Mirchi and Mime is an innovative restaurant in the Powai area of Mumbai. It boasts of a friendly wait staff of 27 servers, all of whom are hearing and speech impaired.
I have often heard my parents and others from the previous generation grumble about how eating out has lost it charm. The focus, they feel, has shifted from a diner-centred experience to a money-making enterprise. Another complaint that I often hear from them is that servers these days rarely smile. And given that I cannot remember any server flashing me a genuine smile while taking my order or serving me, I am forced to agree.
Mirchi and Mime then is a game-changer in more ways than one! Nestled in the Powai area of Mumbai, not only does this restaurant boast of a friendly waitstaff that offers service with a smile (a rarity in itself!), but all 27 servers are hearing and speech impaired (SHI, for short).
While one might be tempted to assume that having a meal in this restaurant is a complicated process, experience shows otherwise.
The process is simple – all menus list not only the food available, but portion sizes and other eating paraphernalia like salt, pepper, spices, sauces, and even cutlery. Every point of information has an accompanying illustration that depicts the hand-gesture for the same in sign language.
Diners are required to simply mimic these hand-gestures to place their orders. What’s more, a placard announcing the name of the dish accompanies every dish brought to the table.
This unique 80-seater bar and grill restaurant was started by Prashant Issar and Anuj Shah. Alums of the Henley School of Business (UK), these MBA graduates were driven by the values taught at their alma mater: “One of the core values we learnt at our B-School was that while generating individual wealth is important, it is far more important for every business to generate wealth for the society as well. That was something that stayed with us,” Issar says.
“Both of us were thinking of starting a business. I have been in the restaurant business for 22 years now and Anuj also has experience in the same field. So, we thought we will open a restaurant because that is what we are good at,” said Issar.
That is when the duo heard of Signs, a Toronto-based restaurant that functions on a similar concept. And just like that, a restaurant like Mirchi and Mime became a distinct possibility.
It wasn’t all smooth sailing though. “We decided to test it out since we were a bit sceptical of it working in India. You see, India is very different from the West, the societal gap between the diners and the servers is a lot wider in India. So we were wondering whether it will work out well.”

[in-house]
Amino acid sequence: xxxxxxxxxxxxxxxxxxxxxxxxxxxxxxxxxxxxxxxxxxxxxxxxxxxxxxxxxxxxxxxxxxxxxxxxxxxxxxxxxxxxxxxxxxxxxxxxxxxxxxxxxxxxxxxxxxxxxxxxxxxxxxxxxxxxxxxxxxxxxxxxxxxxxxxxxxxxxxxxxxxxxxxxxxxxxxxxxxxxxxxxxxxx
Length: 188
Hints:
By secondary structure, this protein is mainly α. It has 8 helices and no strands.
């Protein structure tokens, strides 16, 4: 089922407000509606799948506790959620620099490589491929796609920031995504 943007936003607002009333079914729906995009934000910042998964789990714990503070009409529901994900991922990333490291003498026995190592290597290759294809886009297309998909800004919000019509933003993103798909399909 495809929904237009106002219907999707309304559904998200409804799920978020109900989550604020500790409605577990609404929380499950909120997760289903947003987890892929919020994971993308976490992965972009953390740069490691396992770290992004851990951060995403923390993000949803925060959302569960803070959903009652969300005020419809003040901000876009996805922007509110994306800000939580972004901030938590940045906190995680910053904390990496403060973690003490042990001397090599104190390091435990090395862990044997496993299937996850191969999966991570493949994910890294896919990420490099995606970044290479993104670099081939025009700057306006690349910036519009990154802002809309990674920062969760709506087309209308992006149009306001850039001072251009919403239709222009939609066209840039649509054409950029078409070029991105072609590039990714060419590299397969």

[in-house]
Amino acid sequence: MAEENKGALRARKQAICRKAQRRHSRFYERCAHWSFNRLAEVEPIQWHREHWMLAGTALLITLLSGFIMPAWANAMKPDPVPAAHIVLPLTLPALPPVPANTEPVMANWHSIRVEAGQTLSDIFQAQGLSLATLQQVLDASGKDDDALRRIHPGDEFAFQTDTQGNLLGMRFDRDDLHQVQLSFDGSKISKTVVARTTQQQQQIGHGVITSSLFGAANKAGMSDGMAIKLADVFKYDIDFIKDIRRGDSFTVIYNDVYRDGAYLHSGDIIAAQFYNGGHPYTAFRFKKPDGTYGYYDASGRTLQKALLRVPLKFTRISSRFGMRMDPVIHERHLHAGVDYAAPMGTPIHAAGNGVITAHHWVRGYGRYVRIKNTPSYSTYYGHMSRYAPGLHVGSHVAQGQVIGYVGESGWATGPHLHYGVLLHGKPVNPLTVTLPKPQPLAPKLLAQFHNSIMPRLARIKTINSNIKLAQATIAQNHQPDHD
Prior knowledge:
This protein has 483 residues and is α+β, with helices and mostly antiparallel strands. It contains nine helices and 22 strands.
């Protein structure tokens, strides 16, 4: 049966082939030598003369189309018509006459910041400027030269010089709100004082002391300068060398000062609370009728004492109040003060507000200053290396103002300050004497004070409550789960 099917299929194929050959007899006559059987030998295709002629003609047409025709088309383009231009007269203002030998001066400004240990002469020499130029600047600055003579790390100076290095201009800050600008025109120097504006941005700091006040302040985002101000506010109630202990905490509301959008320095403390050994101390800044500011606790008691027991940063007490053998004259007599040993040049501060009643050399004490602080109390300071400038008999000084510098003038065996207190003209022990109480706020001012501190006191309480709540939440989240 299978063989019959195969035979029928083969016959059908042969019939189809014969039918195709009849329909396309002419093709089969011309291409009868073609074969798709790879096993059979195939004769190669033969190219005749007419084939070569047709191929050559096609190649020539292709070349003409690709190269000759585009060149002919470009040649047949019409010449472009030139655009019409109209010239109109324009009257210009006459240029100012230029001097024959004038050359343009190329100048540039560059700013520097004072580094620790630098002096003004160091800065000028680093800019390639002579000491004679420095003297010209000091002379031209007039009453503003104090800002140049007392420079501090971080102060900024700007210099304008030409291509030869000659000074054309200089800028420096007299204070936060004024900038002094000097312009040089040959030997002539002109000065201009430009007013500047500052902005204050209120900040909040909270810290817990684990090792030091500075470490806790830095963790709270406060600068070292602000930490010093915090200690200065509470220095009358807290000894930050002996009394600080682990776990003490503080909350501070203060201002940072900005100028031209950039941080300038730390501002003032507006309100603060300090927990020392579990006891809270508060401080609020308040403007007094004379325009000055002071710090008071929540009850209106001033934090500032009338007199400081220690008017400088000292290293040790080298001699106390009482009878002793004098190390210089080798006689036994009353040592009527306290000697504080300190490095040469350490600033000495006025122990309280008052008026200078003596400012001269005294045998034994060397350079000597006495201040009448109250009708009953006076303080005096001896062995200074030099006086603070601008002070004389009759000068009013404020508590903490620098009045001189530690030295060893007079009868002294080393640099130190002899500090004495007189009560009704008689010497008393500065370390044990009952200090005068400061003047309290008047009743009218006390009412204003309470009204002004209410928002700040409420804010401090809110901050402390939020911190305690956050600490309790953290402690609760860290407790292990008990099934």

They started by meeting the boys and girls who would go on to become the most popular fleet of servers in the restaurant business.
Their first hurdle was communicating with the SHIs. Initially, Issar and Shah would communicate with the parents of the SHIs, who would then sign to their children. The replies of their children then had to be translated for Issar and Shah. “It was getting a bit too much so we decided to learn the sign language ourselves. Once we started communicating with them directly, it helped us understand their mindset much better,” Issar recalls.
The hearing and speech impaired boys and girls were more than enthusiastic to be a part of this initiative. They saw an opportunity to prove that they were just as capable as others. Convincing the parents however, was a different story!
“Being a parent of a different child makes you much more protective. It took a lot of convincing to get the parents to send their kids out into the world,” Issar added.
Once everyone was on board, the ball was set rolling. Mirchi and Mime became a reality in March 2015.
In the short span of one year, the eating joint has already carved a niche for itself, pushing the owners to explore the idea of more outlets. This is no easy feat in a business where new restaurants open and close in the blink of an eye. What is their secret?
“The key attributes to succeed in the service industry are focus, intuitiveness and friendliness. Our servers have all of this. In my 22 years of experience in the restaurant business, my main struggle has been to get the servers to smile. Here, that is an attribute already present in these boys and girls,” Issar says. “We also remind ourselves constantly that it is not a social enterprise, it is a business. If it does not make money, it will be a flash in the pan and will shut down and people will forget about it. It is not about sympathy or empathy. We define our restaurant as a stylish, global, cutting-edge dining space, which happens to be served by SHI people,” he says.
According to him, when a customer complains about something he actually feels happy since that means that people are treating their restaurant as just another restaurant, and not as a charity that demands pity. “Dining at Mirchi and Mime is an experience in itself and not only for the fact that you need to use sign language to order your food. Going by the rave reviews it is getting (it has a whopping 4.8 rating on Zomato!), the food is well worth your time and doesn’t burn a hole in your pocket.
“There are some restaurants that serve great food, there are others that have a beautiful ambience and setup, while yet others are known for their innovative ideas in food, service and design. Never before have we seen all these together under one roof, and that too in a restaurant that has its heart in the right place!” – says one of the reviews of the restaurant.
The owners – Prashant Issar and Anuj Shah
It is clear that Issar and Shah – who want to open 21 more restaurants with SHI employees – are doing something right. “In our company, we employ people for their abilities and not their disabilities,” says a proud Issar.
First published by The Better India